Dispute could mean trouble for UofL trauma center

By Lori Lyle - bio | email
Posted By Mike Dever - email

LOUISVILLE, KY (WAVE) - Trauma care in Louisville is facing grave danger, and that could soon put lives in grave danger too. University Hospital's level one trauma center will be forced to close its doors if UofL is unable to quickly recruit neurosurgeons to replace others no longer employed by the school.

It's a soon to be life-risking contract dispute between the University of Louisville and the Neurosurgical Institute of Kentucky. The 8-member group made up the entire neurosurgical faculty at UofL. The surgeons say they were fired - but UofL says they quit March 1st, when the group announced a contract signed with Norton HealthCare, making it the group's primary employer.

No matter the terminology, the risk is clear, and UofL's Chairman of the Department of Surgery, Dr. Kelly McMasters says without faculty neurosurgeons to staff the trauma center at University Hospital, "we will not be able to maintain our level one trauma center verification and if that happens, patients will die."

Dr. McMasters, like many faculty members, is routinely on-call for trauma at University Hospital.

"We provided care for over 2,400 trauma patients from around the region last year," McMasters said.  There are only two (level one trauma centers) in the state of Kentucky. It would be criminal for us to discontinue providing care for the most traumatic, life-threatening injuries sustained.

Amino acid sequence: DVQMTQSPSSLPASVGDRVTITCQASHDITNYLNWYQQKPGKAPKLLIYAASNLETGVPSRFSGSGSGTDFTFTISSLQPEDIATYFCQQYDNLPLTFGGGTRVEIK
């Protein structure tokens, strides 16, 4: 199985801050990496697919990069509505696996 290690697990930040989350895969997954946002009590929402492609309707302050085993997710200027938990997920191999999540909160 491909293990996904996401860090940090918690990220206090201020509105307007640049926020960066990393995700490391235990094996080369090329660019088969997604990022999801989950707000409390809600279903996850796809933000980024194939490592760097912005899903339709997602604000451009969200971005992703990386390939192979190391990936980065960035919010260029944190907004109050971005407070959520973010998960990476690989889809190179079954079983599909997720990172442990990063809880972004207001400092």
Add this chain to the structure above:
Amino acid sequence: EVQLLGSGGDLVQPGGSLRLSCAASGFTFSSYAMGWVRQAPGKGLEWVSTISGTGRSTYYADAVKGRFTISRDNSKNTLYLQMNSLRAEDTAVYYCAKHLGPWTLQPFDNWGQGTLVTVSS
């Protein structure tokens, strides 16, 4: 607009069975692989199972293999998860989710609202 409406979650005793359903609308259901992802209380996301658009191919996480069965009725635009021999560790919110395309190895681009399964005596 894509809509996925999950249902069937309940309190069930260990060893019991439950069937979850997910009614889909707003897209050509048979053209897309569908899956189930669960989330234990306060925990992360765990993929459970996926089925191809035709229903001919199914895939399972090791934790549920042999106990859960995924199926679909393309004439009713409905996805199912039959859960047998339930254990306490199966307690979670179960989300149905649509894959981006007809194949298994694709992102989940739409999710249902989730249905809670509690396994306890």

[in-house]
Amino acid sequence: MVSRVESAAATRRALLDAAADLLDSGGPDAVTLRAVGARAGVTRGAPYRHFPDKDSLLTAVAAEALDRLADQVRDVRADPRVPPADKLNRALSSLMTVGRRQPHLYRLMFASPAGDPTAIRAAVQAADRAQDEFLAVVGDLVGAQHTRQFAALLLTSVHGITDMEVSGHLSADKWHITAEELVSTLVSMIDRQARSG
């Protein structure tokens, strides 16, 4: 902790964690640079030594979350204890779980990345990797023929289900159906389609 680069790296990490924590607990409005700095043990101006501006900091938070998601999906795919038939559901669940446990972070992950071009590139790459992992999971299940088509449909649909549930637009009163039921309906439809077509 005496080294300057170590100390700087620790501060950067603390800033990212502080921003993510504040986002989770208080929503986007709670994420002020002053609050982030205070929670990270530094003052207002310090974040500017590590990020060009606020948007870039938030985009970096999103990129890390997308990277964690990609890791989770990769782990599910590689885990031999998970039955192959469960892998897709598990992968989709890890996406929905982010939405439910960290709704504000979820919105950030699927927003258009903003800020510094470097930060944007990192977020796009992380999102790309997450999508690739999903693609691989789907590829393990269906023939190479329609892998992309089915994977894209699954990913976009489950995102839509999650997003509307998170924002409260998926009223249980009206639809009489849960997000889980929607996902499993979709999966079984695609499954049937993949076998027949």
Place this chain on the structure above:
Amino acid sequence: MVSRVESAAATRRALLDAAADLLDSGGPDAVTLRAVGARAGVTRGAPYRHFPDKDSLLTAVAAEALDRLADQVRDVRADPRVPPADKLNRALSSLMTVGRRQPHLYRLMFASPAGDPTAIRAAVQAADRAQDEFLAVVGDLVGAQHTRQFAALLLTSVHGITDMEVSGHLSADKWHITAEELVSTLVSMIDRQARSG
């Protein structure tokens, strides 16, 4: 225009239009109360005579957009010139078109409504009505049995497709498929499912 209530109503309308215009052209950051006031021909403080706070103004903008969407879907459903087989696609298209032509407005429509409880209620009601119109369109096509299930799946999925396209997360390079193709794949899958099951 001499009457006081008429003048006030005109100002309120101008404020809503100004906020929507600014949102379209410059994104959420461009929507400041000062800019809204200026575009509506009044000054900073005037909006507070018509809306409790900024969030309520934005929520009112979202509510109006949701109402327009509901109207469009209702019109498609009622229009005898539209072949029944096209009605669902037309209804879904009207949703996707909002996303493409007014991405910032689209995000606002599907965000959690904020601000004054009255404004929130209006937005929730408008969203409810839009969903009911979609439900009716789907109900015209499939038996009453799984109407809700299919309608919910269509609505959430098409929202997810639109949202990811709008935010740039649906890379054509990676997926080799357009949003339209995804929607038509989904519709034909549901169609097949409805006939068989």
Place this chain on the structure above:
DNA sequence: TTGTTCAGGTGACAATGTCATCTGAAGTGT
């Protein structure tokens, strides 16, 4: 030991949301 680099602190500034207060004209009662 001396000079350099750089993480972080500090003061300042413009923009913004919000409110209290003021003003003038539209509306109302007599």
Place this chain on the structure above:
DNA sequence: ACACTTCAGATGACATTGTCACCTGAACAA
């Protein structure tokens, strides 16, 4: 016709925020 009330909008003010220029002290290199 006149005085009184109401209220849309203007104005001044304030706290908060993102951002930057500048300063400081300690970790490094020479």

"The center saves the lives of patients across the region everyday. And everyday on rounds in the ICU, McMasters says he "sees patients who would have died had they gone somewhere else."

That's the real possibility trauma patients now face.

There is disagreement on how the situation got to this point. "We were basically fired from the University as of March 1st," explains Dr. Christopher Shields, former Chairman of UofL's neurosurgery department.

Dr. Shields is one of the eight neurosurgeons with Neurosurgical Institute of Kentucky providing the neurosurgical trauma care at University Hospital. It's the responsibility of UofL's full-time neurosurgeons and one he's spent 35 years fulfilling.

In addition to trauma patients, Dr. Shields' team of neurosurgeons and residents also staff the neurosurgical clinic at University Hospital, offering help to patients who are uninsured or under-insured and can't afford the care elsewhere.

Donna Horton is one of those patients. A car accident in January left her taking five doses of pain medication a day. She was already suffering with degenerative disc disease and had steel rods in her back from a previous surgery when the car slammed her from behind. She can't work or get insurance. "I was turned down by both Blue Cross and Humana."

Donna says she'd already been examined at the neurosurgery clinic, and surgery had been planned for a week later - but that was six weeks ago.

And Donna says her pain is getting worse. "It's become almost unbearable. Some days I think if I start crying I don't know if I'm gonna be able to quit."

The surgery is likely Donna's only hope for relief, but until the situation is resolved McMasters doesn't know what Donna and others will do. "Patients that don't have the means to go elsewhere, I don't know where they go now."

Dr. Shields says he never expected any of this to happen, that "it just seems an inappropriate and unanticipated action on part of the University."